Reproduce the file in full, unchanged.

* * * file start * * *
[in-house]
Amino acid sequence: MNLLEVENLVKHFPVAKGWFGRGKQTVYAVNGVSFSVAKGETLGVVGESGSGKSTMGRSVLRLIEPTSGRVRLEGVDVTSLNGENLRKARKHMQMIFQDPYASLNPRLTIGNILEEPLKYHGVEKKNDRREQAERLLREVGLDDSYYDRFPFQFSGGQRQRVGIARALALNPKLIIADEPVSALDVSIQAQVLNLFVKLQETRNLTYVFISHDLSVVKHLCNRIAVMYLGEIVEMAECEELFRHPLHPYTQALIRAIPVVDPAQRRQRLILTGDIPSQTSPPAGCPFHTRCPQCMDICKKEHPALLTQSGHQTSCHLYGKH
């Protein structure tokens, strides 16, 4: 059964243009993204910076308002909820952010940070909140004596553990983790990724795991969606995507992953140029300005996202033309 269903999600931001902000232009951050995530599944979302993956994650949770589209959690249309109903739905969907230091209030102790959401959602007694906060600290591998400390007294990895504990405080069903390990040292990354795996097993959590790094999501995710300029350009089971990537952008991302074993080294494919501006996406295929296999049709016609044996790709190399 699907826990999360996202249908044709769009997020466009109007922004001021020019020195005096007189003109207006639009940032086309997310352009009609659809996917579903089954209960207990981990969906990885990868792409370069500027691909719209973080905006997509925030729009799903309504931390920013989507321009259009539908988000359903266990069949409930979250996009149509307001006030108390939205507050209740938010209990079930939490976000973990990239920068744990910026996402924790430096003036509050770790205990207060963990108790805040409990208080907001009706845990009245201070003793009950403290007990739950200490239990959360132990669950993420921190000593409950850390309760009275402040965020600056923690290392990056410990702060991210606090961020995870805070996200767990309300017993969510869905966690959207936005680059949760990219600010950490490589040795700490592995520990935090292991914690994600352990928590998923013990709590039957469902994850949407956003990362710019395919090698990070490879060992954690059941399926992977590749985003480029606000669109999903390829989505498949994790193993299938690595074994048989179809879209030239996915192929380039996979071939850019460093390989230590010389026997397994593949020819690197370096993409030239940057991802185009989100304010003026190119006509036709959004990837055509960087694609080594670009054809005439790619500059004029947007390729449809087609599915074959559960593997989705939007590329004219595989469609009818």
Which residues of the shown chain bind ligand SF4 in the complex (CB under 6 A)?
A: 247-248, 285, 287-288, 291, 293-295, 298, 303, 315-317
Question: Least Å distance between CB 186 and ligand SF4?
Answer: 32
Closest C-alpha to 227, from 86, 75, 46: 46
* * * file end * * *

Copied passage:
[in-house]
Amino acid sequence: MNLLEVENLVKHFPVAKGWFGRGKQTVYAVNGVSFSVAKGETLGVVGESGSGKSTMGRSVLRLIEPTSGRVRLEGVDVTSLNGENLRKARKHMQMIFQDPYASLNPRLTIGNILEEPLKYHGVEKKNDRREQAERLLREVGLDDSYYDRFPFQFSGGQRQRVGIARALALNPKLIIADEPVSALDVSIQAQVLNLFVKLQETRNLTYVFISHDLSVVKHLCNRIAVMYLGEIVEMAECEELFRHPLHPYTQALIRAIPVVDPAQRRQRLILTGDIPSQTSPPAGCPFHTRCPQCMDICKKEHPALLTQSGHQTSCHLYGKH
């Protein structure tokens, strides 16, 4: 059964243009993204910076308002909820952010940070909140004596553990983790990724795991969606995507992953140029300005996202033309 269903999600931001902000232009951050995530599944979302993956994650949770589209959690249309109903739905969907230091209030102790959401959602007694906060600290591998400390007294990895504990405080069903390990040292990354795996097993959590790094999501995710300029350009089971990537952008991302074993080294494919501006996406295929296999049709016609044996790709190399 699907826990999360996202249908044709769009997020466009109007922004001021020019020195005096007189003109207006639009940032086309997310352009009609659809996917579903089954209960207990981990969906990885990868792409370069500027691909719209973080905006997509925030729009799903309504931390920013989507321009259009539908988000359903266990069949409930979250996009149509307001006030108390939205507050209740938010209990079930939490976000973990990239920068744990910026996402924790430096003036509050770790205990207060963990108790805040409990208080907001009706845990009245201070003793009950403290007990739950200490239990959360132990669950993420921190000593409950850390309760009275402040965020600056923690290392990056410990702060991210606090961020995870805070996200767990309300017993969510869905966690959207936005680059949760990219600010950490490589040795700490592995520990935090292991914690994600352990928590998923013990709590039957469902994850949407956003990362710019395919090698990070490879060992954690059941399926992977590749985003480029606000669109999903390829989505498949994790193993299938690595074994048989179809879209030239996915192929380039996979071939850019460093390989230590010389026997397994593949020819690197370096993409030239940057991802185009989100304010003026190119006509036709959004990837055509960087694609080594670009054809005439790619500059004029947007390729449809087609599915074959559960593997989705939007590329004219595989469609009818």
Which residues of the shown chain bind ligand SF4 in the complex (CB under 6 A)?
A: 247-248, 285, 287-288, 291, 293-295, 298, 303, 315-317
Question: Least Å distance between CB 186 and ligand SF4?
Answer: 32
Closest C-alpha to 227, from 86, 75, 46: 46